See You Yesterday Challenges the Meaning of Time Travel
Everyone knows the time-travel rules: Don't go back and meet your previous self; don't crush on your mom; and, as tempting as it is, don't try to kill an evil tyrant. Despite their obviousness, these tropes are still trotted out in most time-travel movies—including, most recently, Avengers: Endgame. See You Yesterday considers that history and says: We can make it better.
The new Netflix sci-fi movie isn't concerned with stopping robot uprisings (Terminator), writing a high school history paper (Bill and Ted's Excellent Adventure), or reliving the 1980s (Hot Tub Time Machine). Rare for the genre, See You Yesterday imagines time travel as a way to correct a societal wrong, to undo evil of a more on-the-ground variety: Its protagonists, teenage science whizzes Claudette/CJ (Eden Duncan-Smith) and Sebastian (Dante Crichlow), build a time machine to try to stop CJ's brother from being shot by police.
It says a lot that this kind of storyline is the exception. Implicitly, the choice challenges the concerns of those who for years have been able to make science fiction movies (or at least been able to make sci-fi movies that got in front of large audiences). Whereas filmmakers of the past have been interested in traveling through time to stop the Singularity or relive the heyday of the Walkman, director Stefon Bristol's movie, produced by Spike Lee, seeks to address police brutality against black Americans. It confronts real tragedy—the kind of life events true time travel could reconcile.
But, in Bristol and cowriter Fredrica Bailey's most heartbreaking and insightful turn, it doesn't work. Each time CJ and Sebastian go back, rewinding the clock in their East Flatbush, Brooklyn, neighborhood, their attempt to avert tragedy causes a new one. The damage is cyclical; fixing one incident doesn't solve the problem. The truth about police brutality is that it keeps happening, regardless of whether anyone can go back and alter the past. What needs to change is the world, the way law enforcement operates in America, not any one set of circumstances.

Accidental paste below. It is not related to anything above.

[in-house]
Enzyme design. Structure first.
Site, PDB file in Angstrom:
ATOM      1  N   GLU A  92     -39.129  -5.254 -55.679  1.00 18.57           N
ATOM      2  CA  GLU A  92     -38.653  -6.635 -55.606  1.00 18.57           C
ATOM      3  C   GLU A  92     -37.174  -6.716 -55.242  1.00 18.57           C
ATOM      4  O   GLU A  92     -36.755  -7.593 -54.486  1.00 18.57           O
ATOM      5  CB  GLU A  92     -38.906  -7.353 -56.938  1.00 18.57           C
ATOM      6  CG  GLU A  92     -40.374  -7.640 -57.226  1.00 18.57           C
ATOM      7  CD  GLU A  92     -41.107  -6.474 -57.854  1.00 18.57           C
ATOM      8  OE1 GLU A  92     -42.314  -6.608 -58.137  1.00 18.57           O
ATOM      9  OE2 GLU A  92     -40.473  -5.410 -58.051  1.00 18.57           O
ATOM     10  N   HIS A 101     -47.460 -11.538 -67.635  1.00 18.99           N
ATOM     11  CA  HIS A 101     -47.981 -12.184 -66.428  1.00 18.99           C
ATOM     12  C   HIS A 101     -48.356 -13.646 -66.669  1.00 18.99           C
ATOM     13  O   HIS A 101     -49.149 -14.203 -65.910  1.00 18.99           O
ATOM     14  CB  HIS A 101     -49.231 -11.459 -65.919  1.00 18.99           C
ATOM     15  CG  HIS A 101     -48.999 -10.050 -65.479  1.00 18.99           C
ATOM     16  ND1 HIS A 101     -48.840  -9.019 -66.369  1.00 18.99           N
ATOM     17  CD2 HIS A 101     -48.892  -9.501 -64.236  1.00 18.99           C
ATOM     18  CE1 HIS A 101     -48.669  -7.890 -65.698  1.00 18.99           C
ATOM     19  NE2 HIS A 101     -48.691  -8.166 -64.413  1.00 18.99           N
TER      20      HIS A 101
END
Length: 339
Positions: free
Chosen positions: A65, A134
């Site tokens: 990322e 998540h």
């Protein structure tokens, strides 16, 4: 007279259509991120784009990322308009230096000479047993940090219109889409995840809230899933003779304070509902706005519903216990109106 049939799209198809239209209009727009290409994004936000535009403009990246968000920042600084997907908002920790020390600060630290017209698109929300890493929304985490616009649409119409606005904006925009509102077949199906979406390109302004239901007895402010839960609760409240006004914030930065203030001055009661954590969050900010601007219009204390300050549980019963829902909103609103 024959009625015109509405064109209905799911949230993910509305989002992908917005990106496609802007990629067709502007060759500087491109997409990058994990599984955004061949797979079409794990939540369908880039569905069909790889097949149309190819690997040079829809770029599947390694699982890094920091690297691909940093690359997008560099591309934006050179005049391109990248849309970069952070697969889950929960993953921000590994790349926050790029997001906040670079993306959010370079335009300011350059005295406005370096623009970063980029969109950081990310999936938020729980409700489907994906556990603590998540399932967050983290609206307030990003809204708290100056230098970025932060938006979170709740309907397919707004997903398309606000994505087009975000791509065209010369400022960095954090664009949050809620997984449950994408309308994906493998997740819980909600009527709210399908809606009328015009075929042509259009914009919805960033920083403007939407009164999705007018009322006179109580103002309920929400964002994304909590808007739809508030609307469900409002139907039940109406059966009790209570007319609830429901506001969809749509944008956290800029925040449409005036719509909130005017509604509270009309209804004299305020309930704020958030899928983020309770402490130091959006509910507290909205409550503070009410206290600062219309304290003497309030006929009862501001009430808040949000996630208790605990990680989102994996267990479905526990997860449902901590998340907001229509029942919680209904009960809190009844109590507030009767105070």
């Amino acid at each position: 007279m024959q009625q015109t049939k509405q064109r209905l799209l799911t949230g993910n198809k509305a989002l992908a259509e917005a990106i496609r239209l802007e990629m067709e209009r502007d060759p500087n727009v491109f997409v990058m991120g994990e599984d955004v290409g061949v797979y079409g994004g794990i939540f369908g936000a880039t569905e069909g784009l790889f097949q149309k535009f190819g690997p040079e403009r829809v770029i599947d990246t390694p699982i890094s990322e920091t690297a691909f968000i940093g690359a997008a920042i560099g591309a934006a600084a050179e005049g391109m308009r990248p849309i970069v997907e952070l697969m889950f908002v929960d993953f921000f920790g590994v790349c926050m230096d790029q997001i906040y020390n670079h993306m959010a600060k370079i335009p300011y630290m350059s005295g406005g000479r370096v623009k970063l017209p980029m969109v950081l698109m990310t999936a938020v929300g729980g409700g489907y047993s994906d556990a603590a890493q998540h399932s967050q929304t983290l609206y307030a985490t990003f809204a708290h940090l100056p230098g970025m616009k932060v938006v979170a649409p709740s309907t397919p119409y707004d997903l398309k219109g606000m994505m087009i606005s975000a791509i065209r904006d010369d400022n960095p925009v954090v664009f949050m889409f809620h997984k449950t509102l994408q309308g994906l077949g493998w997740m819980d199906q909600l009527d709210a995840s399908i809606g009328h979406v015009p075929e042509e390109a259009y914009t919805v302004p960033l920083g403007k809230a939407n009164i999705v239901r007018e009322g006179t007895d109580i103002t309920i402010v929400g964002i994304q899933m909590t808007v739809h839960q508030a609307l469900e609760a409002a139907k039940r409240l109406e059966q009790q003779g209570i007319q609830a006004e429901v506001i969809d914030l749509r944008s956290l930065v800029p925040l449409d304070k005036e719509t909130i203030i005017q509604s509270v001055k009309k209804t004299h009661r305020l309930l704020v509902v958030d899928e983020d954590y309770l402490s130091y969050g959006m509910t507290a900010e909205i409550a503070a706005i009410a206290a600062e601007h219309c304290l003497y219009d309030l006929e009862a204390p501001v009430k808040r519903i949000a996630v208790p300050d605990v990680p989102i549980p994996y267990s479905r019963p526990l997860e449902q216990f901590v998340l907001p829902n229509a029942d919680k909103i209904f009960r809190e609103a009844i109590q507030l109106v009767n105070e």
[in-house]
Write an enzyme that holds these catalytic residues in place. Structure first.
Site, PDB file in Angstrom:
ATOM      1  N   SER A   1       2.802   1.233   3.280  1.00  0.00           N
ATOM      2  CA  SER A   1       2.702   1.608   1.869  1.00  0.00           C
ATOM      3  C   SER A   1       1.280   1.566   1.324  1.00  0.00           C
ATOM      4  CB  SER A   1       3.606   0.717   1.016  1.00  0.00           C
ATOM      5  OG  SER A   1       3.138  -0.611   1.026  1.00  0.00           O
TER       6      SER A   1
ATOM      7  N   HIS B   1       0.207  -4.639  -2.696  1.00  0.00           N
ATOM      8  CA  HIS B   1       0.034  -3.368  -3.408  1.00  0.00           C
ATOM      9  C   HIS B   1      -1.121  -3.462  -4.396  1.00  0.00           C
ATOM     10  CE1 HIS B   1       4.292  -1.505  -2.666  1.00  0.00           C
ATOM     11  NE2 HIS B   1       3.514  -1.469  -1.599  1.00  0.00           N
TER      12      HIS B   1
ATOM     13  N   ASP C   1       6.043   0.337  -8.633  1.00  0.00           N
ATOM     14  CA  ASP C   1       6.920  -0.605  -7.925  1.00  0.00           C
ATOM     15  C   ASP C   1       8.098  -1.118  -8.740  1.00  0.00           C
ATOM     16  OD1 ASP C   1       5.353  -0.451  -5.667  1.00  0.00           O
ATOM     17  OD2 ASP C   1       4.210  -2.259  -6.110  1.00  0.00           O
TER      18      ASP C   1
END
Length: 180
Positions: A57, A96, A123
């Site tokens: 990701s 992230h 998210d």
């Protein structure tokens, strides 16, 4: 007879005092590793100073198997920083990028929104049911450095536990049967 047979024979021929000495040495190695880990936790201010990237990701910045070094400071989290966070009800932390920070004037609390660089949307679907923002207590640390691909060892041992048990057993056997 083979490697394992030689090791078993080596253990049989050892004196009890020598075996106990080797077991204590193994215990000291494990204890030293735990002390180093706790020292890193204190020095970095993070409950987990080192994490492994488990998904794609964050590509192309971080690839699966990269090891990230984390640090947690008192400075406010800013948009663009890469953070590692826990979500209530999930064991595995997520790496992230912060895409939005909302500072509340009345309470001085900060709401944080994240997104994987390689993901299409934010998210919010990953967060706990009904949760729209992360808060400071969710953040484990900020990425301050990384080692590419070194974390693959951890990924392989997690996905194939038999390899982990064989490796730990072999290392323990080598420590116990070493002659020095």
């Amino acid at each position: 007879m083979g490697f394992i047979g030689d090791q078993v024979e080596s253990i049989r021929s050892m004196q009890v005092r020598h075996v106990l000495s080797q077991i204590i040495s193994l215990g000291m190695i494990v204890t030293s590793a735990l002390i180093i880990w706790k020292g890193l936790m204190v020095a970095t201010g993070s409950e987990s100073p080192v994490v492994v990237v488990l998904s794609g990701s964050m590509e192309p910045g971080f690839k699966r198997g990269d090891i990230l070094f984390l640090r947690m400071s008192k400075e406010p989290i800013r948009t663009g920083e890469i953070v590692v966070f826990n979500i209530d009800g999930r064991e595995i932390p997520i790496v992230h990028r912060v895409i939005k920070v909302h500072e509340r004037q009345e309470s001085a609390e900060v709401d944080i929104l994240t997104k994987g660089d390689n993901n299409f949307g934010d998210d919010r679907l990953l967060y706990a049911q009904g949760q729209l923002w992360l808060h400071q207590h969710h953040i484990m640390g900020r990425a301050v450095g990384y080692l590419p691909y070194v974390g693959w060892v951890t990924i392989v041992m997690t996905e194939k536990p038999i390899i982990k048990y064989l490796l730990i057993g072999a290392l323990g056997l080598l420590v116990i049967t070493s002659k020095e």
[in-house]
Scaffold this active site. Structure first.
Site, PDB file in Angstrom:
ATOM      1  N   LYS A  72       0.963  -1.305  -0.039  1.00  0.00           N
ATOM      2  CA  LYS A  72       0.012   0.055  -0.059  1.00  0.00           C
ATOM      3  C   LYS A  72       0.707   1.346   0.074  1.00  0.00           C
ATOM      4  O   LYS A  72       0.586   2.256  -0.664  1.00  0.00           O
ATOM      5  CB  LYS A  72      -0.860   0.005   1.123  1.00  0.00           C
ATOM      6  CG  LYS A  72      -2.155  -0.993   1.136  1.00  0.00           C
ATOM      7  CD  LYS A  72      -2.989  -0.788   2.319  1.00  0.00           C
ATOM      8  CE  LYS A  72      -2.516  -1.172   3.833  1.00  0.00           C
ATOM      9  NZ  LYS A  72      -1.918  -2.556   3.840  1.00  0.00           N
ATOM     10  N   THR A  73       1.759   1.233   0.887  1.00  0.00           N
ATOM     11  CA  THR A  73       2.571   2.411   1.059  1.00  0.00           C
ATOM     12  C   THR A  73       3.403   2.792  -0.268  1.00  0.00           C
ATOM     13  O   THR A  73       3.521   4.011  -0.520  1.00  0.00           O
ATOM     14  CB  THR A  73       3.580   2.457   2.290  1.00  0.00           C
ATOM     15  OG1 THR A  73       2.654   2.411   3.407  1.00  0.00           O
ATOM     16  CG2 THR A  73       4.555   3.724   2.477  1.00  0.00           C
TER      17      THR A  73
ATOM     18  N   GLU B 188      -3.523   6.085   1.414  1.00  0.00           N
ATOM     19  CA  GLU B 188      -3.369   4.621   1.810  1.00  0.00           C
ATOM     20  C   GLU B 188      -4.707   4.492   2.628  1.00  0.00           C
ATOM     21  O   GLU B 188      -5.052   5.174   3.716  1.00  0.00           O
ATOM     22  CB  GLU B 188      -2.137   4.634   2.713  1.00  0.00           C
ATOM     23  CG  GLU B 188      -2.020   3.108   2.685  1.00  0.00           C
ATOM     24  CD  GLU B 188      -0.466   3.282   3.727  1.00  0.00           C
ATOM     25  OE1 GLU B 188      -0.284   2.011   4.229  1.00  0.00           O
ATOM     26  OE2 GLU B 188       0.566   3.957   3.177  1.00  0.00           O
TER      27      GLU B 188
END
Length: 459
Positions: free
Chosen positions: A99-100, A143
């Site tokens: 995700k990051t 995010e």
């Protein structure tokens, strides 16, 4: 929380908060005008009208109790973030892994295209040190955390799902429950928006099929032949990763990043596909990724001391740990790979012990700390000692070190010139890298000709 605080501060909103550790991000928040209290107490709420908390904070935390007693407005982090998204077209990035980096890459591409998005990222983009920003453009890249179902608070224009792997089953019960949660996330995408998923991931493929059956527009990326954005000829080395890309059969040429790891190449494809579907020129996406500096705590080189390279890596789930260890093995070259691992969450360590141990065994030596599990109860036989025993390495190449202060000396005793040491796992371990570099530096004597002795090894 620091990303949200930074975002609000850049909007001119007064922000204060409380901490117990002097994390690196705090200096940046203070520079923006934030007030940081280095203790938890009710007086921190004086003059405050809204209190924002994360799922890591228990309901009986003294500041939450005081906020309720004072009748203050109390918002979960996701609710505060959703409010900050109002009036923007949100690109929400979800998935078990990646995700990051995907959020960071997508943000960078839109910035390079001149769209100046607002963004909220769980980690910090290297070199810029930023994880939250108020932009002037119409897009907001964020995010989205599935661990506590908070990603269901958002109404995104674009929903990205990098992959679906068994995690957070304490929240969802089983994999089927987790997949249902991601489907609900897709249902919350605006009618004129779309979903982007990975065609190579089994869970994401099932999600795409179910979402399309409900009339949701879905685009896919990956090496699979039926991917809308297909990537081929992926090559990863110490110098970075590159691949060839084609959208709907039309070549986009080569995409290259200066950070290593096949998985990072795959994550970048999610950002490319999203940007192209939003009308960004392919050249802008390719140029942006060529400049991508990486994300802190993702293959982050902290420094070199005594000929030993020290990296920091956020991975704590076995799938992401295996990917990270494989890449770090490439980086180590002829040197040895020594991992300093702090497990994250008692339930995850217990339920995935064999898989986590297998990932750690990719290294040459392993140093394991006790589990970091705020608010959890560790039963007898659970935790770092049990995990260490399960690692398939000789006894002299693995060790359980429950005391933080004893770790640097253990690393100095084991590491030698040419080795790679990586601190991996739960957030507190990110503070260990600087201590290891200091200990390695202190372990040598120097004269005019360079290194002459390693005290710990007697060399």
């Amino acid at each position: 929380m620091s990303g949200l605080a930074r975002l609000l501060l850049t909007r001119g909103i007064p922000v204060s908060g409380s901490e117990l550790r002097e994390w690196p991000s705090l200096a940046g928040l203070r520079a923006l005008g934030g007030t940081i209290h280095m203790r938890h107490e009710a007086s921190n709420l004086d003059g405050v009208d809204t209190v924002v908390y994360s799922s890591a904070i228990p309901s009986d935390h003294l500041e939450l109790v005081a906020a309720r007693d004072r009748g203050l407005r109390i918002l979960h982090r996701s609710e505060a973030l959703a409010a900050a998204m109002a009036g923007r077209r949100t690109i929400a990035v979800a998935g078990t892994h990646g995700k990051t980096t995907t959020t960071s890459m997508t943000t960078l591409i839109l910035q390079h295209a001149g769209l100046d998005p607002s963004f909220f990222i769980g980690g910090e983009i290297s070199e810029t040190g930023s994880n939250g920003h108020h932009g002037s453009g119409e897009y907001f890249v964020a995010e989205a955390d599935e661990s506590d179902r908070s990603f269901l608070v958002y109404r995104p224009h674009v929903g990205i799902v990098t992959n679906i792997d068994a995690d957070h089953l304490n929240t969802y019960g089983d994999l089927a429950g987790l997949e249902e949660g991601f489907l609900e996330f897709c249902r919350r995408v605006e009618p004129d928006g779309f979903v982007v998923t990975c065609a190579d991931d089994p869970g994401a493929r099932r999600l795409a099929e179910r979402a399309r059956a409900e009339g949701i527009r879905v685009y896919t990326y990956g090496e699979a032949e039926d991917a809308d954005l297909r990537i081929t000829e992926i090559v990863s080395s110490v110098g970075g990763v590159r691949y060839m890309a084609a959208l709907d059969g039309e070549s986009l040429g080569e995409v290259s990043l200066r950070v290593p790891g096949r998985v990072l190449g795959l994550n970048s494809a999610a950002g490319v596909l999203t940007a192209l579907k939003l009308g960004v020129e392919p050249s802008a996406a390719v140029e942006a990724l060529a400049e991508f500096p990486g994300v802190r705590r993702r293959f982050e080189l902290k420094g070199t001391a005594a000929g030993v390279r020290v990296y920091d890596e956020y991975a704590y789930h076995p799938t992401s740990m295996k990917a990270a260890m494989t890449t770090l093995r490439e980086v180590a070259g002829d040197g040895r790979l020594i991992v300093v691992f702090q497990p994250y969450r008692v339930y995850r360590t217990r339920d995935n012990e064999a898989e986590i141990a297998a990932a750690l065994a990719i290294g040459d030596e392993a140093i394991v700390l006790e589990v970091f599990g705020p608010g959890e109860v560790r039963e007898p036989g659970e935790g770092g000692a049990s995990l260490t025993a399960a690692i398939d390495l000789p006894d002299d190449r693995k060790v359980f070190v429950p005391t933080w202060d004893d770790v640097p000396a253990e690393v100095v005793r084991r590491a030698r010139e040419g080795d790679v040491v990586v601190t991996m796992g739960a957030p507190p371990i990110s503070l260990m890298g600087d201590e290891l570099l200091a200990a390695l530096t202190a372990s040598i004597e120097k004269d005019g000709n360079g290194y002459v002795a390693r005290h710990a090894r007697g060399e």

"I think our main goal is just to continue the conversation of police brutality," Bailey recently told The Root during the movie's premiere at the Tribeca Film Festival. "As a society, we have a tendency sometimes—things kind of ebb and flow and then they disappear, so Stefon and I want to bring this back to the forefront and say, 'Hey, while we're tackling all these other worthy issues, also remember that these are problems in our communities, and it's still something that we need to focus on and find a solution to.'"
See You Yesterday itself provides no solutions. Its conclusion is open-ended—whether CJ and Sebastian succeeded in righting the wrongs of the past is entirely up to viewers. For decades, science fiction has consisted of allegories for what could've been in the past, or what the world could be in the future. Utopias and dystopias. See You Yesterday doesn't have time for any of that; its catastrophes are in the present. It can only point to them and demand change—before it's too late.